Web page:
Materials availability

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Further information and requests for resources and reagents should be directed to and will be fulfilled by the Lead Contact, Javier Apfeld (j.apfeld@northeastern.edu).

Data availability

Raw mRNA-seq read files are available under Bioproject PRJNA822361 (https://www.ncbi.nlm.nih.gov/bioproject/PRJNA822361). All data generated or analyzed during this study are included in the manuscript and supporting files.

The following data sets were generated
    1. Apfeld J
    (2022) NCBI BioProject
    ID PRJNA822361. Neuronal temperature perception induces specific defenses that enable C. elegans to cope with the enhanced reactivity of hydrogen peroxide at high temperature.

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    3. Wagner A
    4. Schüller C
    5. Marchler G
    6. Ruis H
    7. Krawiec Z
    8. Bilinski T
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    Heat shock factor-independent heat control of transcription of the CTT1 gene encoding the cytosolic catalase T of Saccharomyces cerevisiae
    The Journal of Biological Chemistry 266:12406–12411.

Article and author information

Author details

  1. Francesco A Servello

    Biology Department, Northeastern University, Boston, United States
    Contribution
    Conceptualization, Data curation, Formal analysis, Supervision, Investigation, Visualization, Methodology, Writing – original draft
    Competing interests
    No competing interests declared
  2. Rute Fernandes

    1. Centre for Genomic Regulation (CRG), The Barcelona Institute of Science and Technology, Barcelona, Spain
    2. Universitat Pompeu Fabra (UPF), Barcelona, Spain
    Contribution
    Investigation
    Competing interests
    No competing interests declared
  3. Matthias Eder

    1. Centre for Genomic Regulation (CRG), The Barcelona Institute of Science and Technology, Barcelona, Spain
    2. Universitat Pompeu Fabra (UPF), Barcelona, Spain
    Contribution
    Data curation, Formal analysis, Investigation, Methodology
    Competing interests
    No competing interests declared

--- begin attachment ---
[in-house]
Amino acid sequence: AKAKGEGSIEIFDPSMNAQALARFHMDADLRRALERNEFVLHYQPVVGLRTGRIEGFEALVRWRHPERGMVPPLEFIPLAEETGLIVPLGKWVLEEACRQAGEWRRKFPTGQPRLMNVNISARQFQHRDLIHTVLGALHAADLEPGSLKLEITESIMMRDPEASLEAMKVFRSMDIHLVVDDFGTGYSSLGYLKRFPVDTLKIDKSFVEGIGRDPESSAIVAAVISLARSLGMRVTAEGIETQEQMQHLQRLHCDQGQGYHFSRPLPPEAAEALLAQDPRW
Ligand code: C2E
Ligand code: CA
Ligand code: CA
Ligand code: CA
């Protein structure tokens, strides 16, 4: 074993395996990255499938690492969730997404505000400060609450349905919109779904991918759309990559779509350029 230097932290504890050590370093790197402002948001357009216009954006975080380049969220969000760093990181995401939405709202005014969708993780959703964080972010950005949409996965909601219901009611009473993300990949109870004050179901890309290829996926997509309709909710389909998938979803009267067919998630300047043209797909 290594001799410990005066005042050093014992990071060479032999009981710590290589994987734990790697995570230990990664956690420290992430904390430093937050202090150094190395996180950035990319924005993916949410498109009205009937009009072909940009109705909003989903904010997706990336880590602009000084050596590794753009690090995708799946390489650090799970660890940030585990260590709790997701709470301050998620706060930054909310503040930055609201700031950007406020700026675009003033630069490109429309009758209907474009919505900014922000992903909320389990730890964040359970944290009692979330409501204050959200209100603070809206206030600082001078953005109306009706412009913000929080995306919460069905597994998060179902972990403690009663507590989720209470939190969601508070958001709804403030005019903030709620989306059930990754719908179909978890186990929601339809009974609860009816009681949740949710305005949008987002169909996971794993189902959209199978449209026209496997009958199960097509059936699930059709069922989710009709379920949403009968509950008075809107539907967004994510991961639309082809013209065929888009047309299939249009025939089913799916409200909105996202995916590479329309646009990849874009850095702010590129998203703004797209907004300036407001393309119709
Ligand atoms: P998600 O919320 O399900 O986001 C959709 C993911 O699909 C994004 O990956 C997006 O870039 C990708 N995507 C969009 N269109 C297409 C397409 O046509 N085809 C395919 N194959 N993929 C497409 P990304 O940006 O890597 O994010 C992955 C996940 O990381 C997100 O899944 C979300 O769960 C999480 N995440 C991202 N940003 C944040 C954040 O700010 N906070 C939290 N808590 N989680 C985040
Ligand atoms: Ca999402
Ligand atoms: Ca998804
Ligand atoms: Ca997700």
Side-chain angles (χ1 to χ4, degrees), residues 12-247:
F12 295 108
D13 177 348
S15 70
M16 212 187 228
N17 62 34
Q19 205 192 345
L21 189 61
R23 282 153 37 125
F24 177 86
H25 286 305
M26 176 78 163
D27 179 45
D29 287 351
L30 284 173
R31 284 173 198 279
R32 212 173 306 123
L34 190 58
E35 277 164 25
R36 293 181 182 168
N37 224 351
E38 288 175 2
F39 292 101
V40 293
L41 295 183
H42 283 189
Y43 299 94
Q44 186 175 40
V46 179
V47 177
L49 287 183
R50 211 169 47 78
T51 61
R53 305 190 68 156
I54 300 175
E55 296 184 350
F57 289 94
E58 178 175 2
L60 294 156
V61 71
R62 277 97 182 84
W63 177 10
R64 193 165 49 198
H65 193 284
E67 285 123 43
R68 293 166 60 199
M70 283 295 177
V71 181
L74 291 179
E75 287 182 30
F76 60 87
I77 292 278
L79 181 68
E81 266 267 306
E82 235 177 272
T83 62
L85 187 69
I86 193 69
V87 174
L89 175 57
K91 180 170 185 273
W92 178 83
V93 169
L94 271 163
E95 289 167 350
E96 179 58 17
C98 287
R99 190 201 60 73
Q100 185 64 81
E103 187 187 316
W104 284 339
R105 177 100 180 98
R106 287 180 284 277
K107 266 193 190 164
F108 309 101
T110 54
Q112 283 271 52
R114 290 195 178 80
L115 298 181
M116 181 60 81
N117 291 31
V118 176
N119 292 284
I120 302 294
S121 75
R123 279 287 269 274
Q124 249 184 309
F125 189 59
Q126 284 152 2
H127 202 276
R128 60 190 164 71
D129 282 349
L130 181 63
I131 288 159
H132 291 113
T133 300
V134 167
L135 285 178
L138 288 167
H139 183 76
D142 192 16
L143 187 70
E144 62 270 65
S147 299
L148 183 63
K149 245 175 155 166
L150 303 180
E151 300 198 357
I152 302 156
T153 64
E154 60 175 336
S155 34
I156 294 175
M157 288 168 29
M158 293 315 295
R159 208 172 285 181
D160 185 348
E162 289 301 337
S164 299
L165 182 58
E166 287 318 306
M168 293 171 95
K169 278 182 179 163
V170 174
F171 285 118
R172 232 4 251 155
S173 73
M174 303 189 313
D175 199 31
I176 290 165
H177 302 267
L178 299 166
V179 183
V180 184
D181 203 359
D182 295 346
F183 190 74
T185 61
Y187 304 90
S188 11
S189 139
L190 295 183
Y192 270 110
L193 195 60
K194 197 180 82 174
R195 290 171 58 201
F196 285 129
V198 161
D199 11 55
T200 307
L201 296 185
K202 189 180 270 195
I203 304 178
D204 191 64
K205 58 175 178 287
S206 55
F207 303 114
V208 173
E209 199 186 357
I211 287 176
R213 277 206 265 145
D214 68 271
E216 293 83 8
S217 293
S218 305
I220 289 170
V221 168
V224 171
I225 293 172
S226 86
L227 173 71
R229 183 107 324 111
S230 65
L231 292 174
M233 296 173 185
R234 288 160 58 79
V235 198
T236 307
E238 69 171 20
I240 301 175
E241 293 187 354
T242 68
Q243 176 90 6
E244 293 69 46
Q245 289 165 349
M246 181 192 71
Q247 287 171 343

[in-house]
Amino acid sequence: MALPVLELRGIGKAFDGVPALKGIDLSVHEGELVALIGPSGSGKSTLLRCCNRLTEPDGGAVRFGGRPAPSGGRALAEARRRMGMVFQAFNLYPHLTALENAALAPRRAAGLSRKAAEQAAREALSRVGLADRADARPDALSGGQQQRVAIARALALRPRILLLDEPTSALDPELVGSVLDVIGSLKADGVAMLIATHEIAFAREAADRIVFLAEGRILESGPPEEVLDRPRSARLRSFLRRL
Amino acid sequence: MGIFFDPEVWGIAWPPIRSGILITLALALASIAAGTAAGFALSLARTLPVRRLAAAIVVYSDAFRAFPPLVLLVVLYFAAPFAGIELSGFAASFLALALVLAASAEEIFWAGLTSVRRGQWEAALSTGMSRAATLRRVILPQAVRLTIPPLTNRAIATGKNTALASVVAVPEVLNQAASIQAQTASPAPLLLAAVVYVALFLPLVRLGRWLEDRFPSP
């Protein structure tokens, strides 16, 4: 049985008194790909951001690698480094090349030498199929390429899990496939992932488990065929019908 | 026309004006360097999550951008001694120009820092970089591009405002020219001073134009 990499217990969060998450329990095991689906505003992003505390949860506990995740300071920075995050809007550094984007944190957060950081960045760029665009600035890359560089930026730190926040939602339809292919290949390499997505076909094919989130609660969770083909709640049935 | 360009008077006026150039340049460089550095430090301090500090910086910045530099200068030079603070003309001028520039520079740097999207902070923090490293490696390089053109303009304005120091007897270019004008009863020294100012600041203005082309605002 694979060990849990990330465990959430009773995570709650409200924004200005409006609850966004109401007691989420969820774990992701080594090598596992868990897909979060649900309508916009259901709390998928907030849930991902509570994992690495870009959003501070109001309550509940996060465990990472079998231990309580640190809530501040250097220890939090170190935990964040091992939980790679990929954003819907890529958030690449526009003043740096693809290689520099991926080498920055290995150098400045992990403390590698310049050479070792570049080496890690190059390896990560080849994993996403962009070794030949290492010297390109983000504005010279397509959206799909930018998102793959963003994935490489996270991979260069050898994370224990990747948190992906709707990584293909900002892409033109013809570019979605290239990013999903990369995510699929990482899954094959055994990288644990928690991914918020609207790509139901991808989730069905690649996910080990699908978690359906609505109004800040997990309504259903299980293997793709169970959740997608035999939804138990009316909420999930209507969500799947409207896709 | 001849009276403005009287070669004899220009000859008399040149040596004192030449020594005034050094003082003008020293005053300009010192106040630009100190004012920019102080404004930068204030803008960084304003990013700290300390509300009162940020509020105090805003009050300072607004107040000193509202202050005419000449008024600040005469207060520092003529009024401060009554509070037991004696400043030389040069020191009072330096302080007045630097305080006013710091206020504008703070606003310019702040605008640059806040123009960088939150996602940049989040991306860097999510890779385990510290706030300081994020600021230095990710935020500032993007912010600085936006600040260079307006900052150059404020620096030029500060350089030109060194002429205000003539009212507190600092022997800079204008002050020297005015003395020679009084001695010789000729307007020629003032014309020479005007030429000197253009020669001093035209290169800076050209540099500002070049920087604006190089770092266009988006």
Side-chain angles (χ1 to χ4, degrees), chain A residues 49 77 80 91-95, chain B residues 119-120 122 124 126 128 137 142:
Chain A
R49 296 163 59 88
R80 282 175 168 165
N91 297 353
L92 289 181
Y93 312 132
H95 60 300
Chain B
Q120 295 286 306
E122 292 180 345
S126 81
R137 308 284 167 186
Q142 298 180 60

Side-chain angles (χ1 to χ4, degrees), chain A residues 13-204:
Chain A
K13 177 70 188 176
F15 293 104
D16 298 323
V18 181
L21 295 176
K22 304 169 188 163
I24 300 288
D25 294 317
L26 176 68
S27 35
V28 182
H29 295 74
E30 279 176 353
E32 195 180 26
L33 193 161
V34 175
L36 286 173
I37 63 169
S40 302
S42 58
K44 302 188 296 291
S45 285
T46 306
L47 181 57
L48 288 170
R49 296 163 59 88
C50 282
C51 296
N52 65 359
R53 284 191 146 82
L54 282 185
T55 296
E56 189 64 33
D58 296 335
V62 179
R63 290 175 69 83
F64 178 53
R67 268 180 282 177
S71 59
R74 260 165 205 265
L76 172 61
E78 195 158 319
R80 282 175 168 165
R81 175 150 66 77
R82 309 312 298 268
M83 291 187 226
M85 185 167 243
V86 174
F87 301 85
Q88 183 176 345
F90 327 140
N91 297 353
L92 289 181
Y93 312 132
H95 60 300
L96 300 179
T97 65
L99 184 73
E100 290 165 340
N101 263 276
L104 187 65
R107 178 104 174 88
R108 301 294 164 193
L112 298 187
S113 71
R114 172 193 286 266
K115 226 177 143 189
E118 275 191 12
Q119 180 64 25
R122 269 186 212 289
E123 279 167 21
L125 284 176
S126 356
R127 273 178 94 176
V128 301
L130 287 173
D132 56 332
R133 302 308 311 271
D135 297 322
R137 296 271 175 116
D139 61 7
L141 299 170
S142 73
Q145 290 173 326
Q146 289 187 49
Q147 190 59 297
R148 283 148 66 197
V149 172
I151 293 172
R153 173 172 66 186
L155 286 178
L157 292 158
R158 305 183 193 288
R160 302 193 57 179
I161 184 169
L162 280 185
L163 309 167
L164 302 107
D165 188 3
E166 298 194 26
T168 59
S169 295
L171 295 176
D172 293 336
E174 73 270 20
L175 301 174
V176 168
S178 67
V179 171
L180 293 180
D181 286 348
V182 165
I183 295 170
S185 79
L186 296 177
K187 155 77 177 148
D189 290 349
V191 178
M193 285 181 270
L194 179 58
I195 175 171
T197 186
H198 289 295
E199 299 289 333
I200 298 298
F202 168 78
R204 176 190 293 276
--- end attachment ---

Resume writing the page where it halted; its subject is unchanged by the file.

4. Nathan Harris

    Department of Biology, Brandeis University, Waltham, United States
    Contribution
    Investigation, Methodology, Writing – review and editing
    Competing interests
    No competing interests declared
    ORCID icon "This ORCID iD identifies the author of this article:" 0000-0002-7856-520X
  5. Olivier MF Martin

    1. Centre for Genomic Regulation (CRG), The Barcelona Institute of Science and Technology, Barcelona, Spain
    2. Universitat Pompeu Fabra (UPF), Barcelona, Spain
    Contribution
    Data curation, Formal analysis, Investigation, Visualization, Methodology, Writing – review and editing
    Competing interests
    No competing interests declared
  6. Natasha Oswal

    1. Centre for Genomic Regulation (CRG), The Barcelona Institute of Science and Technology, Barcelona, Spain
    2. Universitat Pompeu Fabra (UPF), Barcelona, Spain
    Contribution
    Investigation
    Competing interests
    No competing interests declared
    ORCID icon "This ORCID iD identifies the author of this article:" 0000-0003-1478-8356
  7. Anders Lindberg

    Biology Department, Northeastern University, Boston, United States
    Contribution
    Investigation
    Competing interests
    No competing interests declared
  8. Nohelly Derosiers

    Biology Department, Northeastern University, Boston, United States
    Contribution
    Investigation
    Competing interests
    No competing interests declared
  9. Piali Sengupta

    Department of Biology, Brandeis University, Waltham, United States
    Contribution
    Supervision, Funding acquisition, Writing – review and editing
    Competing interests
    Senior editor, eLife
    ORCID icon "This ORCID iD identifies the author of this article:" 0000-0001-7468-0035
  10. Nicholas Stroustrup

    1. Centre for Genomic Regulation (CRG), The Barcelona Institute of Science and Technology, Barcelona, Spain
    2. Universitat Pompeu Fabra (UPF), Barcelona, Spain